After three days of vociferous protests and violence, which resulted in one death and the torching of the residence of Arunachal Pradesh deputy Chief Minister Chowna Mein, the state government on Sunday passed an order rejecting the recommendations of the Joint High-Powered Committee to grant permanent resident certificates to six tribal communities.
“Arunachal Pradesh state government has already passed an order not to accept PRC as recommended by JHPC. Everyone must come together without blaming each other for the sake of peace. It’s very unfortunate that innocent lives were lost in the violence,” Union Minister Kiren Rijiju tweeted.
Arunachal Pradesh State Govt has already passed an order not to accept PRC as recommended by JHPC. Everyone must come together without blaming each other for the sake of peace. It’s very unfortunate that innocent lives were lost in the violence.
— Kiren Rijiju (@KirenRijiju) February 24, 2019
Accusing the Congress of “instigating” a section of people, Rijiju said, “From the beginning, I have strongly urged the state government not to grant PRC unless people are convinced of full protection of indigenous rights. We must stand united.”
Earlier in the day, protesters set ablaze the residence of the deputy Chief Minister and also vandalised the office of the deputy commissioner of Itanagar. The incident happened despite an indefinite curfew being clamped in Itanagar and Naharlagun after protesters resorted to stone pelting on Saturday, in which 35 people, including 24 police personnel, were injured.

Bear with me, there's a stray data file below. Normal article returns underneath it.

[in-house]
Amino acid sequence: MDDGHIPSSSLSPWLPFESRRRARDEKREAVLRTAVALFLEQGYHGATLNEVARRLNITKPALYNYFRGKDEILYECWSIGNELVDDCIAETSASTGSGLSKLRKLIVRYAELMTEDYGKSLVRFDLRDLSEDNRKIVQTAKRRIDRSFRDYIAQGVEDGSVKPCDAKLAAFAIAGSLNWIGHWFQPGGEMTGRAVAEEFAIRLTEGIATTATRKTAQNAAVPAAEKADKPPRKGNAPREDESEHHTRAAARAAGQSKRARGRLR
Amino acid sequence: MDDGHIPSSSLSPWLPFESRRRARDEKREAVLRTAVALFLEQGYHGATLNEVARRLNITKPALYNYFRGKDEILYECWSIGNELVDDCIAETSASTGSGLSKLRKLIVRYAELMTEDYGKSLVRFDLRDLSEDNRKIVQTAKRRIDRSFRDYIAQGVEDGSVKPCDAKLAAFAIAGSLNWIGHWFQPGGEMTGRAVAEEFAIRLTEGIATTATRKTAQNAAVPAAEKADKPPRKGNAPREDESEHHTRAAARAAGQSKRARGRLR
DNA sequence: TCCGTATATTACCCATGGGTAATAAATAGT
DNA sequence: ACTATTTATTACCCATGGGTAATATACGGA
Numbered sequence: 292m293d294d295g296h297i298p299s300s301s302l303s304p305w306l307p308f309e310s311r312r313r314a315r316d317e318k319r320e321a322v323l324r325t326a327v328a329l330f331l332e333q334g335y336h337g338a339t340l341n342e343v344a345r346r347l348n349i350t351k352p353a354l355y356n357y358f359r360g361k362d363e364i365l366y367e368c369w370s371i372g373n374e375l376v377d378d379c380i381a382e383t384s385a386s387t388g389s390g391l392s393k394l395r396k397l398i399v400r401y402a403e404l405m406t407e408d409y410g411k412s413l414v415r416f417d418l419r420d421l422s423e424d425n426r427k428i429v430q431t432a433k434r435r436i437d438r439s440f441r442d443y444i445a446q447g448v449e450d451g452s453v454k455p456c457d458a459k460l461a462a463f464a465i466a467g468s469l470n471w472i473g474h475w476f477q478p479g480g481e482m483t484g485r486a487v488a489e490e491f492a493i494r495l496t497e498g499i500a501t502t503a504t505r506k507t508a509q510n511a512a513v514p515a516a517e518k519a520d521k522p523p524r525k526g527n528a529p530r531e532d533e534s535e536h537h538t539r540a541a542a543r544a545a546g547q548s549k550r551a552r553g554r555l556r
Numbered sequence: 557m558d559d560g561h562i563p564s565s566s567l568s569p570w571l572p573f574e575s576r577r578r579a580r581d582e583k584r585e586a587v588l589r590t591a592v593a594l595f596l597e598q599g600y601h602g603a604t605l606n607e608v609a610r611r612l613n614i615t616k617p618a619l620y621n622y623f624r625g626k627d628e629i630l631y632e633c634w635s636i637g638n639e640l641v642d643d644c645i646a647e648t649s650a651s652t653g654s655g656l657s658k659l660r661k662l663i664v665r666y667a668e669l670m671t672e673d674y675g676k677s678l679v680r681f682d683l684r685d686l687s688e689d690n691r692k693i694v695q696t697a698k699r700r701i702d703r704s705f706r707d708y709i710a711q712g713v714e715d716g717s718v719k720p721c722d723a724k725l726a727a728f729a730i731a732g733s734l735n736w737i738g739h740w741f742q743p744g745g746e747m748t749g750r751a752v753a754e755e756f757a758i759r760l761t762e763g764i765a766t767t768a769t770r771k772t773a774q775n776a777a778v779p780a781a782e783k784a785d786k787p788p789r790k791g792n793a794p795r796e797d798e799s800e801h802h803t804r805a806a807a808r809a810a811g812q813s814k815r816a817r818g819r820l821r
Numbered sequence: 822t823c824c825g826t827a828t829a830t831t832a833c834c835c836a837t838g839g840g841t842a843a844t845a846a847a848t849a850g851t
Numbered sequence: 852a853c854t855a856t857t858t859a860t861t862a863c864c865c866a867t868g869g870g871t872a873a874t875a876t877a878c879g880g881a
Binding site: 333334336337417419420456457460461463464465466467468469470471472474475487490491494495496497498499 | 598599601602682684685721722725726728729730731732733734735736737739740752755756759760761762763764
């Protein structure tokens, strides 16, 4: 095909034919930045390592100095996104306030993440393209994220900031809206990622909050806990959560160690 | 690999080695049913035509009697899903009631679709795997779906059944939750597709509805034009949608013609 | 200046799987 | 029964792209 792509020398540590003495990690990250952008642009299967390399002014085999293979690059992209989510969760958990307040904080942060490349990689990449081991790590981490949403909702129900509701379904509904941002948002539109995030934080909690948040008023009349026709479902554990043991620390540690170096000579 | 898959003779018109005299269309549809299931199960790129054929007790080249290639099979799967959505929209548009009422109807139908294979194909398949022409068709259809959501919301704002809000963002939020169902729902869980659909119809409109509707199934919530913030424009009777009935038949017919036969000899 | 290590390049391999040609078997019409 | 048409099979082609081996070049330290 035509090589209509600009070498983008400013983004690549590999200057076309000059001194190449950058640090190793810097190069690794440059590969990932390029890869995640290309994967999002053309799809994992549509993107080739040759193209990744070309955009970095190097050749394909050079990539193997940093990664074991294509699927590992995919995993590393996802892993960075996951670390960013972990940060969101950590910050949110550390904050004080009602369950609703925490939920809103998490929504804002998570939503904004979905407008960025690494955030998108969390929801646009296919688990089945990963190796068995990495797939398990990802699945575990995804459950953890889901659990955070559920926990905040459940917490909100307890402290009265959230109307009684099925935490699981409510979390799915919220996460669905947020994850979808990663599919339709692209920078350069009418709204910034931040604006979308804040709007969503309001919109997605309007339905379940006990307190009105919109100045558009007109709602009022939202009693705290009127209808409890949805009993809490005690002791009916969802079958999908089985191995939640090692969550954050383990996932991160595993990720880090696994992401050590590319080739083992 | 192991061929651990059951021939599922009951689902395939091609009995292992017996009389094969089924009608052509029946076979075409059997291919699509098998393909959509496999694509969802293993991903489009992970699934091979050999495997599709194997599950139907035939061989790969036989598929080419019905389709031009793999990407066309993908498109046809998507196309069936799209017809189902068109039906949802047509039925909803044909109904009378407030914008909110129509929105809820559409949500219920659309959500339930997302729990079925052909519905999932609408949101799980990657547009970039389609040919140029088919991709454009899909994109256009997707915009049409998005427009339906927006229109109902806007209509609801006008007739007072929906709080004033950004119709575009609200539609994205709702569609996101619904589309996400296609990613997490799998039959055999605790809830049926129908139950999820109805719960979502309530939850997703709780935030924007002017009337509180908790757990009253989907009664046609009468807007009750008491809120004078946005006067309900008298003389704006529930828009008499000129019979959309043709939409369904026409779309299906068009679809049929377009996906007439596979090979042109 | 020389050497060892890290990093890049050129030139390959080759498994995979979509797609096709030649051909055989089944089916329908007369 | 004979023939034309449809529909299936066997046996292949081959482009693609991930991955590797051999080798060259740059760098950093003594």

Explained: What is the PRC protest in Arunachal Pradesh
The Central government has dispatched 1,000 paramilitary personnel to the state to help the administration in maintaining law and order.
Besides ransacking the deputy commissioner’s office, the protesters also set ablaze a large number of vehicles parked in the compound and also attacked the Itanagar Police station. Commuters too faced hurdles after the road leading to Naharlagun railway station was blocked by the agitators.
The JHPC proposal to grant permanent resident certificates to six communities, who are not natives of Arunachal Pradesh but have been living in Namsai and Changlang districts for decades, have evoked resentment among several community-based groups and students’ organisations.
They have claimed that the rights and interests of indigenous people would be compromised if the state government accepts them. The six communities are Deoris, Sonowal Kacharis, Morans, Adivasis, Mishings and Gorkhas.
The recommendation of the JHPC was supposed to be tabled in the Assembly on Saturday but was not tabled as the Speaker adjourned the House sine die.